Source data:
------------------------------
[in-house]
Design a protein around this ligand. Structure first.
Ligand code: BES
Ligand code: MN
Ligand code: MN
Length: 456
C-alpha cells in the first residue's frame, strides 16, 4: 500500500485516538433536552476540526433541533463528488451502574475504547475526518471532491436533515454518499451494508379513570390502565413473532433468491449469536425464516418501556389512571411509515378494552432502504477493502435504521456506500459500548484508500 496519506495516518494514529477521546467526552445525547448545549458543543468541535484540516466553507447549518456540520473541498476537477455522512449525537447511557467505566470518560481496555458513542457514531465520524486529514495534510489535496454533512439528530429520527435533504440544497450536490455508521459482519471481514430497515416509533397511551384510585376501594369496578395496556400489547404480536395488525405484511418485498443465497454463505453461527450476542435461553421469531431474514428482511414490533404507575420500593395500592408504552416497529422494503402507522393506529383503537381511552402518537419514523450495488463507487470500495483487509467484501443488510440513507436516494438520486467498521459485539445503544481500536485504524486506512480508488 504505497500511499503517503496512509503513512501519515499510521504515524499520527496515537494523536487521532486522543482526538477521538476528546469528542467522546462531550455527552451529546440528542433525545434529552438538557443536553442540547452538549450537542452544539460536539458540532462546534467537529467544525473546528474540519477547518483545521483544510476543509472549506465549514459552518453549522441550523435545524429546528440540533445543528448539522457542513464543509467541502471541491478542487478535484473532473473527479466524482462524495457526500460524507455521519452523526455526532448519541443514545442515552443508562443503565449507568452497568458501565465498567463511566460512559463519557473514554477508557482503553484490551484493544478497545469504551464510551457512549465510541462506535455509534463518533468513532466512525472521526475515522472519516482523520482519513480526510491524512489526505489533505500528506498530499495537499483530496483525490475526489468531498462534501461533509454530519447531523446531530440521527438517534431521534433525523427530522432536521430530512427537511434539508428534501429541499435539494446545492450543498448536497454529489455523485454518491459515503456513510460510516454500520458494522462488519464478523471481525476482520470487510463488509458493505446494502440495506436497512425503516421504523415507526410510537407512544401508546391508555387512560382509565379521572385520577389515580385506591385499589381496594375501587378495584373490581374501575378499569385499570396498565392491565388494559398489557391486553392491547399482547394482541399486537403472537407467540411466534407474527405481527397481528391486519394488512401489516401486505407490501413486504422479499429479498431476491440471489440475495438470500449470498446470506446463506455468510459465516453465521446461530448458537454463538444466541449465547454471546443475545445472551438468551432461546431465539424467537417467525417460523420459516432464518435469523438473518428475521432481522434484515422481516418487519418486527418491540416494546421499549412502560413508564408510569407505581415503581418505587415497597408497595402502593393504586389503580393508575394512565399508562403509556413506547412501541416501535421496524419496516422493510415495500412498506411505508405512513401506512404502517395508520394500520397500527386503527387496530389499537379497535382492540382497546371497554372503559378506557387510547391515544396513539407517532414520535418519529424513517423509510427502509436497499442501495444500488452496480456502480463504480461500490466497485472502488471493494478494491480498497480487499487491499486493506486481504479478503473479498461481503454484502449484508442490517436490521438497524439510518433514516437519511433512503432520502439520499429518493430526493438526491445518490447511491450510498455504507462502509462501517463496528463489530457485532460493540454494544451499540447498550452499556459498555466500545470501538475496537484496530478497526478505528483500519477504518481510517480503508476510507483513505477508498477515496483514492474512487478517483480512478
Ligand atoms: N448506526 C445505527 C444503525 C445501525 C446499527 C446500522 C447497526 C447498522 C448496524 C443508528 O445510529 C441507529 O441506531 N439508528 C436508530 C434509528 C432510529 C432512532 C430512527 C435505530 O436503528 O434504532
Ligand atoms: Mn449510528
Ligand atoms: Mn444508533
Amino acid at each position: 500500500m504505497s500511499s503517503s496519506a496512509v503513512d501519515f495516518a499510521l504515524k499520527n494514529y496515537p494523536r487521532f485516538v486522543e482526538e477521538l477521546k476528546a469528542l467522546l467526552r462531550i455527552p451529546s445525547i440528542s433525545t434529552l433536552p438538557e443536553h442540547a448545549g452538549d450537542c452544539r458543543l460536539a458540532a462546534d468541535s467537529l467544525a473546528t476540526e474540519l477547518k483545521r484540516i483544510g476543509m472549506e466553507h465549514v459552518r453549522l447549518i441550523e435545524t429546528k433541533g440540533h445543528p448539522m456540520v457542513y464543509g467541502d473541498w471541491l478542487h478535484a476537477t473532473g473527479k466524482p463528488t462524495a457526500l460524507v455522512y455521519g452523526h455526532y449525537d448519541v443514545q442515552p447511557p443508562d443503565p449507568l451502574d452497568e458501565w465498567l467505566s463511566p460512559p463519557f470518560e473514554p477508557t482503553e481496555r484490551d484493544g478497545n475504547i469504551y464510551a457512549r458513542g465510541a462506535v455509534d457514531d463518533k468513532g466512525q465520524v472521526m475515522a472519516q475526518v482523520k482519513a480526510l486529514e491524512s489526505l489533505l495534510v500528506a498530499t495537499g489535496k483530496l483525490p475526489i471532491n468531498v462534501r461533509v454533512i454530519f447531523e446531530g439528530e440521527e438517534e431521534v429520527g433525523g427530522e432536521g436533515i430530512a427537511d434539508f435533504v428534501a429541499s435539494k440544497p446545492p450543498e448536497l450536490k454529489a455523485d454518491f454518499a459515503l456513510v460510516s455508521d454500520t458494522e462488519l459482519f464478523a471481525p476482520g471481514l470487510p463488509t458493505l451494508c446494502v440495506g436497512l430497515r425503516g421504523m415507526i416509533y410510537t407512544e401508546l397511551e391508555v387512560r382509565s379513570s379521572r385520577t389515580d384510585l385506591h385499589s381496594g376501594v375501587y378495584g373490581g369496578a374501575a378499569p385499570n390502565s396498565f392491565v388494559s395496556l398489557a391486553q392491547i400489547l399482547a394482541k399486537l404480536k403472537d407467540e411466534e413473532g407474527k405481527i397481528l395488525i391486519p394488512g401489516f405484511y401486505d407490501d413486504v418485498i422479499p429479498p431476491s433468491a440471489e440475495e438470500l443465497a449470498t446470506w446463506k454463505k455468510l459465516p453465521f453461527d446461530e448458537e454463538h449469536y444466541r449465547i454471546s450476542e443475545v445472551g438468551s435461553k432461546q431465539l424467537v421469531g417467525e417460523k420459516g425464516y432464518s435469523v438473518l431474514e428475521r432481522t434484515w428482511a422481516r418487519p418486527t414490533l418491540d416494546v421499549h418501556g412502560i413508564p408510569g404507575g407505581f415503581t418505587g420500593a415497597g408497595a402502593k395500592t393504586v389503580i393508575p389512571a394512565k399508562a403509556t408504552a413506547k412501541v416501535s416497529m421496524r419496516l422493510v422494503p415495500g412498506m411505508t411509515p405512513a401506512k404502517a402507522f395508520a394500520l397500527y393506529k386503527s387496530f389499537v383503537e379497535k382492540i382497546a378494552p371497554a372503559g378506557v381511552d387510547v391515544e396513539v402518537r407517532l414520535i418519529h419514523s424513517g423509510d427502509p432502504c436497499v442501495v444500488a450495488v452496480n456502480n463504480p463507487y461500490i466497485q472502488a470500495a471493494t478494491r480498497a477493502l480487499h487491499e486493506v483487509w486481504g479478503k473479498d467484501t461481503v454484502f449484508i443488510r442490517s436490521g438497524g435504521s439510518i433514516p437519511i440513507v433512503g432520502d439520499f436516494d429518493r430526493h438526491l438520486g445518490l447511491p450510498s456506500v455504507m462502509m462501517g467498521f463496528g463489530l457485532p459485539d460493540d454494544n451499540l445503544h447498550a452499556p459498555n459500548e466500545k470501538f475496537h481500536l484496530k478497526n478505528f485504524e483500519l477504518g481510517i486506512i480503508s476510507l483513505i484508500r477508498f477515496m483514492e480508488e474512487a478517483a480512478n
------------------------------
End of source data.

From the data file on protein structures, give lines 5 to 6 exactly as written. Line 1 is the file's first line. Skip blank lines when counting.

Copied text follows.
Ligand code: MN
Length: 456